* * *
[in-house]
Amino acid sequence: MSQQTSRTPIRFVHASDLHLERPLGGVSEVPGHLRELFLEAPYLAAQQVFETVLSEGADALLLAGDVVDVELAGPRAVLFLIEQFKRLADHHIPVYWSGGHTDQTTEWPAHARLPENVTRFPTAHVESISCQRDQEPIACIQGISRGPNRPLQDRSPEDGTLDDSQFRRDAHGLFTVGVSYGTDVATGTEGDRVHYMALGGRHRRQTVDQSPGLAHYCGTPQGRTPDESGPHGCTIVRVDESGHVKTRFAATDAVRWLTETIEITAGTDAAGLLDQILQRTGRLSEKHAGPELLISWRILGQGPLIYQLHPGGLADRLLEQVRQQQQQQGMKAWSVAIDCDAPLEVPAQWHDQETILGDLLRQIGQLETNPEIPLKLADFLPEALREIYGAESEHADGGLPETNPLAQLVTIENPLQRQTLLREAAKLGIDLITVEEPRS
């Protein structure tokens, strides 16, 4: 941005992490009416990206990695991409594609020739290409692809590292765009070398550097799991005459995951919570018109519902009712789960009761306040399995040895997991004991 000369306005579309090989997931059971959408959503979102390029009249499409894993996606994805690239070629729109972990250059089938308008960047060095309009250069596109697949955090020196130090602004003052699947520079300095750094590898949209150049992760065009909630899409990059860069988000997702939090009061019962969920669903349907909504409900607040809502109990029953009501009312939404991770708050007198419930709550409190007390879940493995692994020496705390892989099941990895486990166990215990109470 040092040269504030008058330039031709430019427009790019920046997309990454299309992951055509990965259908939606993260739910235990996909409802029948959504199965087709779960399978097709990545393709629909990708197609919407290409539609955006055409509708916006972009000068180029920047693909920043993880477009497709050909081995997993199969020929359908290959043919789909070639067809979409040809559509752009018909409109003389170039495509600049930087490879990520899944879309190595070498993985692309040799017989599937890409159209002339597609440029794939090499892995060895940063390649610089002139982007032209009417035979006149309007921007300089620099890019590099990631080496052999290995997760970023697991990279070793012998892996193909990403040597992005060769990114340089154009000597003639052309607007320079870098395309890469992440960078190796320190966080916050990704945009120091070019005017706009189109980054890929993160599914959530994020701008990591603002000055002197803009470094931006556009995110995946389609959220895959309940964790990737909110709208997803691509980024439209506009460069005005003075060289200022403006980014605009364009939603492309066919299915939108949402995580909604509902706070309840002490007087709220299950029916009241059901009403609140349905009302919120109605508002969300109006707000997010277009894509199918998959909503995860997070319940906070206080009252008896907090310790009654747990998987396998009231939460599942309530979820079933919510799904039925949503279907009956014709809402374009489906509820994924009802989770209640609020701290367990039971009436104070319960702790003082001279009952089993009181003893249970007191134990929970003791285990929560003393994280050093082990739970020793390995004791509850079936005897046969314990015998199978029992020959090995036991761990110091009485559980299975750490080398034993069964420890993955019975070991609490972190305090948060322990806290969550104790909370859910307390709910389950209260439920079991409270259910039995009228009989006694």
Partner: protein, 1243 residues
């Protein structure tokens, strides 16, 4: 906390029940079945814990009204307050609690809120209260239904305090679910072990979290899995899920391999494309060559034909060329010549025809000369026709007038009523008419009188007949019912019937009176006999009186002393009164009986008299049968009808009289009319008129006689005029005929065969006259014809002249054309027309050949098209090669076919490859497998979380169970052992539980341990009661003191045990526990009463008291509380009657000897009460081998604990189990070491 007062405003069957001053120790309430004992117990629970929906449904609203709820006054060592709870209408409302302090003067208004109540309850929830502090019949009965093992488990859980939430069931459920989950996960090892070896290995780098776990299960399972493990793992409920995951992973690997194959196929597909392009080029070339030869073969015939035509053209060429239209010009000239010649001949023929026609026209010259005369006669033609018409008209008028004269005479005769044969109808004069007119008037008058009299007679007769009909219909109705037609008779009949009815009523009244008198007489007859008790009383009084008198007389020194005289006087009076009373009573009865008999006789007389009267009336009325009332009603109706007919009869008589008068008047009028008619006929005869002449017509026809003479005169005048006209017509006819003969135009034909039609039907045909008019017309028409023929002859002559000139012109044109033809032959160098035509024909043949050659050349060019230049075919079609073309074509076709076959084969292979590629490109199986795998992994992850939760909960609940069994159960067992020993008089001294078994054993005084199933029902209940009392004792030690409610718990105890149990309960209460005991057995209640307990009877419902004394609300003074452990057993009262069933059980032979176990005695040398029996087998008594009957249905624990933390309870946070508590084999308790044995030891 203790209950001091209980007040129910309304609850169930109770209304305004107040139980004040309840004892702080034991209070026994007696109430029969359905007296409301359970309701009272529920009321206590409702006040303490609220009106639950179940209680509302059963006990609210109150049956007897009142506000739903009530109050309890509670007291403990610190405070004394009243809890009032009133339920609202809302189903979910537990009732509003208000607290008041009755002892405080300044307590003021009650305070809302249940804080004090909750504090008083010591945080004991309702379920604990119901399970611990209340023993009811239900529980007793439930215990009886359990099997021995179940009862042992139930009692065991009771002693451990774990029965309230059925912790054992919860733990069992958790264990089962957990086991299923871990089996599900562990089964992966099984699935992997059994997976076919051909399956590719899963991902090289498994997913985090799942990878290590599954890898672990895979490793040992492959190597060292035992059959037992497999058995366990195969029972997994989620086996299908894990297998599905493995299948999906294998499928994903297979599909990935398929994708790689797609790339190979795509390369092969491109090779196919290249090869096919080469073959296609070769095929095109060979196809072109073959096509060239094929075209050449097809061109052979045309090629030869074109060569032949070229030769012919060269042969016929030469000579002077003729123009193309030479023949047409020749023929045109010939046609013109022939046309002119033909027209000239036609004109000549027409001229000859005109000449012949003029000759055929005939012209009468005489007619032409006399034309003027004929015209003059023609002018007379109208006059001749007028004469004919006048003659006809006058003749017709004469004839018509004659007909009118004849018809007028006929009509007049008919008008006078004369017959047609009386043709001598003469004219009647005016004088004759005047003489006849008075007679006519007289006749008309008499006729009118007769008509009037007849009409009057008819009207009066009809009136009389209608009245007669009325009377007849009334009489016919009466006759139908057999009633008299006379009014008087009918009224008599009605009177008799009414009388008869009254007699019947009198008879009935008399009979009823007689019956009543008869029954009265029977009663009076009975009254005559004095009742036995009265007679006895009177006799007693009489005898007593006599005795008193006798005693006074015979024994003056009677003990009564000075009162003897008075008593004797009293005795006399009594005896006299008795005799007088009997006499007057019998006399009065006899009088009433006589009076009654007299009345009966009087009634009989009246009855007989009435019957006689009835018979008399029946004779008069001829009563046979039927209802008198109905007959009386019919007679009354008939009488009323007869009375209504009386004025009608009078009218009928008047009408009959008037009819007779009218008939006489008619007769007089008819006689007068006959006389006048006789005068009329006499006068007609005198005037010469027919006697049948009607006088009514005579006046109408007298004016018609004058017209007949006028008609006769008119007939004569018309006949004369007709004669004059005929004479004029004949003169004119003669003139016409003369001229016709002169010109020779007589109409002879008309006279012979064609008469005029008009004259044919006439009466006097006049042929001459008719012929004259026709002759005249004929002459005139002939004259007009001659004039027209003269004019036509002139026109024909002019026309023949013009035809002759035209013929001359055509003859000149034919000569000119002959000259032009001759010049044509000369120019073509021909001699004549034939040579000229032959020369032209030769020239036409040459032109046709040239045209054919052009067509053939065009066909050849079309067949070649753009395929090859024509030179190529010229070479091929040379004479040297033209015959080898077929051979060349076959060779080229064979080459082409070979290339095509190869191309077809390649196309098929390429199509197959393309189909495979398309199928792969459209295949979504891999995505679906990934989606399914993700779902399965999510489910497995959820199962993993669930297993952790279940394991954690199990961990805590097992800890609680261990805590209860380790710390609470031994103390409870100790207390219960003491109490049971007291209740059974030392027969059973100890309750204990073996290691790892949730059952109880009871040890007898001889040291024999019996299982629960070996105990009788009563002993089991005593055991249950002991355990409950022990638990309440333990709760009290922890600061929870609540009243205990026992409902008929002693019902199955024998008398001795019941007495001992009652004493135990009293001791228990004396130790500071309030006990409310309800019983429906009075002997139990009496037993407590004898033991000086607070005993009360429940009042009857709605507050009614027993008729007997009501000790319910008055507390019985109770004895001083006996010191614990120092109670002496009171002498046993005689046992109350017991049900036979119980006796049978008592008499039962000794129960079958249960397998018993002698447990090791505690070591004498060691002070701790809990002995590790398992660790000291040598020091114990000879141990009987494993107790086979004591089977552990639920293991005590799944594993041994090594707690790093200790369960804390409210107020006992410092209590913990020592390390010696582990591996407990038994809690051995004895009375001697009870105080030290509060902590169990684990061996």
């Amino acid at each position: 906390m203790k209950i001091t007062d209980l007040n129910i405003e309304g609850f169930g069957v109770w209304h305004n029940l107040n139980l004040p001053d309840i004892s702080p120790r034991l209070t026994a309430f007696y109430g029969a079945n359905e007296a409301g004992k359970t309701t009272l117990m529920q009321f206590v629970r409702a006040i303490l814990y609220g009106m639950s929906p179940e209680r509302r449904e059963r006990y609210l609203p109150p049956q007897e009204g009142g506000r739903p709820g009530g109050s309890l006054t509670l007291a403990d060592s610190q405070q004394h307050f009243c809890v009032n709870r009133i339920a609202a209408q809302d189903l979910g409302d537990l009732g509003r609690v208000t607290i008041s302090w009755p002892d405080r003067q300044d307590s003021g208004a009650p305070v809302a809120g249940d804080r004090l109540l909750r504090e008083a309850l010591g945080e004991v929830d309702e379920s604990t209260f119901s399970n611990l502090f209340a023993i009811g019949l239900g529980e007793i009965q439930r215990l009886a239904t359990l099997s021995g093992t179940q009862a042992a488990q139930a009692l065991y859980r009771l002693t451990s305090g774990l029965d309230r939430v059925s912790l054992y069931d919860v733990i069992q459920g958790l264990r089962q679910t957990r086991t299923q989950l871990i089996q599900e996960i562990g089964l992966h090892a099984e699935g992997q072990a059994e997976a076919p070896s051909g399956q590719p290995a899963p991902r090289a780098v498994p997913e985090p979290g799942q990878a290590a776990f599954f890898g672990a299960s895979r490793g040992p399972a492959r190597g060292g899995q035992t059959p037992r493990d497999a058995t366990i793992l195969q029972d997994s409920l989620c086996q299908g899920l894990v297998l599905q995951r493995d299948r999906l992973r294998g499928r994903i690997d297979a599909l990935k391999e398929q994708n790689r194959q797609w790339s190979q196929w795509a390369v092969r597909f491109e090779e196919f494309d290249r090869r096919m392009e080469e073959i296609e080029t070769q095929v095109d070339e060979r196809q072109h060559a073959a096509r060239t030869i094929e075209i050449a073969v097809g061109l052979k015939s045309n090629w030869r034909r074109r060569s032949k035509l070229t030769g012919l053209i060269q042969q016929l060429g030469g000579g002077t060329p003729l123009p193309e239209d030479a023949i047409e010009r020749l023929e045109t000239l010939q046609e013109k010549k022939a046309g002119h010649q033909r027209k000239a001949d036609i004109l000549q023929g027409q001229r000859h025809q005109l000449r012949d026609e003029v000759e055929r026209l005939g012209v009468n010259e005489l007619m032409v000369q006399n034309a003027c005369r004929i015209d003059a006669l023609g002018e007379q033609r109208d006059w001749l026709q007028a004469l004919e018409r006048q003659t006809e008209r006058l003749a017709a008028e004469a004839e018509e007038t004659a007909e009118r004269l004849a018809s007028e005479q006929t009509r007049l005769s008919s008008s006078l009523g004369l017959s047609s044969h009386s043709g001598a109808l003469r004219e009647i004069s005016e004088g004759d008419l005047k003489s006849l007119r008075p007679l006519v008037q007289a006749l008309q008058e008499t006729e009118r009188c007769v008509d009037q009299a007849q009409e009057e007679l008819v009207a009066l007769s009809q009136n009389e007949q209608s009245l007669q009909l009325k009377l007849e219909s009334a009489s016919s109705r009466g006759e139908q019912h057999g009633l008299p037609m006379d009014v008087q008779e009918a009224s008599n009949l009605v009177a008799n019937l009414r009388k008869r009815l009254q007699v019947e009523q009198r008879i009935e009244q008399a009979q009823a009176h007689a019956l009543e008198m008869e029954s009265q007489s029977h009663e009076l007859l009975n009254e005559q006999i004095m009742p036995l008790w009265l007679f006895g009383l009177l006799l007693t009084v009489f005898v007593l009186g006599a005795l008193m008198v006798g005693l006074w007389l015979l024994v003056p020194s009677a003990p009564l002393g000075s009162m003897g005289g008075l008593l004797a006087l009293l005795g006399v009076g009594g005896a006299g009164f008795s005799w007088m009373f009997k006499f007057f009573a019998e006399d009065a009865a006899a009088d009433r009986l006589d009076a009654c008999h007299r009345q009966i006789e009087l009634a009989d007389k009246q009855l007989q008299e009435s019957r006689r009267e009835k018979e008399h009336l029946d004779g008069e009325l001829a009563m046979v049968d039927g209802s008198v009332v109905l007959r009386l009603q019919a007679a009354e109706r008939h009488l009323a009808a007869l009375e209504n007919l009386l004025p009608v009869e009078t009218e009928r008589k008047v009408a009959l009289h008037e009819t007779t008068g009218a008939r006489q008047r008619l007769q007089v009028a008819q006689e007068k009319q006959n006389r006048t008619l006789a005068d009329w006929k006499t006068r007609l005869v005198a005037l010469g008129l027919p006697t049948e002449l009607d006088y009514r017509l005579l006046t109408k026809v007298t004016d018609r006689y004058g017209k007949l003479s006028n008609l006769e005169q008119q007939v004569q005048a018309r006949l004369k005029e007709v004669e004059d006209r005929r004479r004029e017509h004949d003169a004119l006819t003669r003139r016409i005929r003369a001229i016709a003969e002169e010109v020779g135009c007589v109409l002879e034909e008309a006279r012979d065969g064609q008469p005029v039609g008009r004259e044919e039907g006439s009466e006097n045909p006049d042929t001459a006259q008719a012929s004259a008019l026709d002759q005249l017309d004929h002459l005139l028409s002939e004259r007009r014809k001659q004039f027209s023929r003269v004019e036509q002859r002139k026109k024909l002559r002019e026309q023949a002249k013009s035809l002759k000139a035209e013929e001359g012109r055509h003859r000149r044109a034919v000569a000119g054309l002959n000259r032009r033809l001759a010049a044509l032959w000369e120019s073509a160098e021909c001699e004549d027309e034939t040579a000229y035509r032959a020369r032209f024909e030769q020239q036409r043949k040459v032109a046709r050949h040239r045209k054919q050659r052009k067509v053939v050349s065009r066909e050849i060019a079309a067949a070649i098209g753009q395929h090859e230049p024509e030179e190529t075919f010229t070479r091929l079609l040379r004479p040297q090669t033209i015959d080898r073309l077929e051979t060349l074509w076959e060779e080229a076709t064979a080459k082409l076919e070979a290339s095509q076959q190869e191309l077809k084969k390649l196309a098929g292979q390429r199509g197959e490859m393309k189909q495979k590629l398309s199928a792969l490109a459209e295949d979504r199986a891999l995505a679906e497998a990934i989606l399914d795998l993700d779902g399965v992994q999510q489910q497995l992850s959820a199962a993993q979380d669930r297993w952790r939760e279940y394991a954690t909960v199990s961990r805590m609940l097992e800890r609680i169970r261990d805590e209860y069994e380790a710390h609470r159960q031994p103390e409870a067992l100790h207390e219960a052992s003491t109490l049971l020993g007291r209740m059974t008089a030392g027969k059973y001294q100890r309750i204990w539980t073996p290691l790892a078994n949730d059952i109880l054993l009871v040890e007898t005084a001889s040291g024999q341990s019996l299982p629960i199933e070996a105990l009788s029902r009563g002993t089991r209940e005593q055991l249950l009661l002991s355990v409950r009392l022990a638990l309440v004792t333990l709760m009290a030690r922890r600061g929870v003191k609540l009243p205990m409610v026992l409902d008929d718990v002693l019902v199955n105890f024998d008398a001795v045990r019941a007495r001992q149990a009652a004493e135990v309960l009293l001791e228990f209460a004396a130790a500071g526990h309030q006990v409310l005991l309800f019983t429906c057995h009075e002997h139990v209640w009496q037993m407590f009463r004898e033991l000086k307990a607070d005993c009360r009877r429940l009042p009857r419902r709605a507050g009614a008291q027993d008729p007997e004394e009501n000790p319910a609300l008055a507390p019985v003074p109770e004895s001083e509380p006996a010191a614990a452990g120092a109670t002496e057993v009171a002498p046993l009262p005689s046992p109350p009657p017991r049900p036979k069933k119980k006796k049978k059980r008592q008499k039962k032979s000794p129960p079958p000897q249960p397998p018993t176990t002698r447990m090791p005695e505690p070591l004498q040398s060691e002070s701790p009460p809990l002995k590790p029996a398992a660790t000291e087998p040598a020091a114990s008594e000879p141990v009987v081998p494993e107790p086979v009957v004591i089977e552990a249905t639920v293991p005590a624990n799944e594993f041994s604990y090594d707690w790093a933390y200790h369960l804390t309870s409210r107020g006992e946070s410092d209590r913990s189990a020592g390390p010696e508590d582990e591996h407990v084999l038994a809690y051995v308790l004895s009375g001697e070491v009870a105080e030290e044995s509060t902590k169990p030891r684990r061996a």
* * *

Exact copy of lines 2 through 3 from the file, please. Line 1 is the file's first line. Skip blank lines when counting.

Amino acid sequence: MSQQTSRTPIRFVHASDLHLERPLGGVSEVPGHLRELFLEAPYLAAQQVFETVLSEGADALLLAGDVVDVELAGPRAVLFLIEQFKRLADHHIPVYWSGGHTDQTTEWPAHARLPENVTRFPTAHVESISCQRDQEPIACIQGISRGPNRPLQDRSPEDGTLDDSQFRRDAHGLFTVGVSYGTDVATGTEGDRVHYMALGGRHRRQTVDQSPGLAHYCGTPQGRTPDESGPHGCTIVRVDESGHVKTRFAATDAVRWLTETIEITAGTDAAGLLDQILQRTGRLSEKHAGPELLISWRILGQGPLIYQLHPGGLADRLLEQVRQQQQQQGMKAWSVAIDCDAPLEVPAQWHDQETILGDLLRQIGQLETNPEIPLKLADFLPEALREIYGAESEHADGGLPETNPLAQLVTIENPLQRQTLLREAAKLGIDLITVEEPRS
């Protein structure tokens, strides 16, 4: 941005992490009416990206990695991409594609020739290409692809590292765009070398550097799991005459995951919570018109519902009712789960009761306040399995040895997991004991 000369306005579309090989997931059971959408959503979102390029009249499409894993996606994805690239070629729109972990250059089938308008960047060095309009250069596109697949955090020196130090602004003052699947520079300095750094590898949209150049992760065009909630899409990059860069988000997702939090009061019962969920669903349907909504409900607040809502109990029953009501009312939404991770708050007198419930709550409190007390879940493995692994020496705390892989099941990895486990166990215990109470 040092040269504030008058330039031709430019427009790019920046997309990454299309992951055509990965259908939606993260739910235990996909409802029948959504199965087709779960399978097709990545393709629909990708197609919407290409539609955006055409509708916006972009000068180029920047693909920043993880477009497709050909081995997993199969020929359908290959043919789909070639067809979409040809559509752009018909409109003389170039495509600049930087490879990520899944879309190595070498993985692309040799017989599937890409159209002339597609440029794939090499892995060895940063390649610089002139982007032209009417035979006149309007921007300089620099890019590099990631080496052999290995997760970023697991990279070793012998892996193909990403040597992005060769990114340089154009000597003639052309607007320079870098395309890469992440960078190796320190966080916050990704945009120091070019005017706009189109980054890929993160599914959530994020701008990591603002000055002197803009470094931006556009995110995946389609959220895959309940964790990737909110709208997803691509980024439209506009460069005005003075060289200022403006980014605009364009939603492309066919299915939108949402995580909604509902706070309840002490007087709220299950029916009241059901009403609140349905009302919120109605508002969300109006707000997010277009894509199918998959909503995860997070319940906070206080009252008896907090310790009654747990998987396998009231939460599942309530979820079933919510799904039925949503279907009956014709809402374009489906509820994924009802989770209640609020701290367990039971009436104070319960702790003082001279009952089993009181003893249970007191134990929970003791285990929560003393994280050093082990739970020793390995004791509850079936005897046969314990015998199978029992020959090995036991761990110091009485559980299975750490080398034993069964420890993955019975070991609490972190305090948060322990806290969550104790909370859910307390709910389950209260439920079991409270259910039995009228009989006694």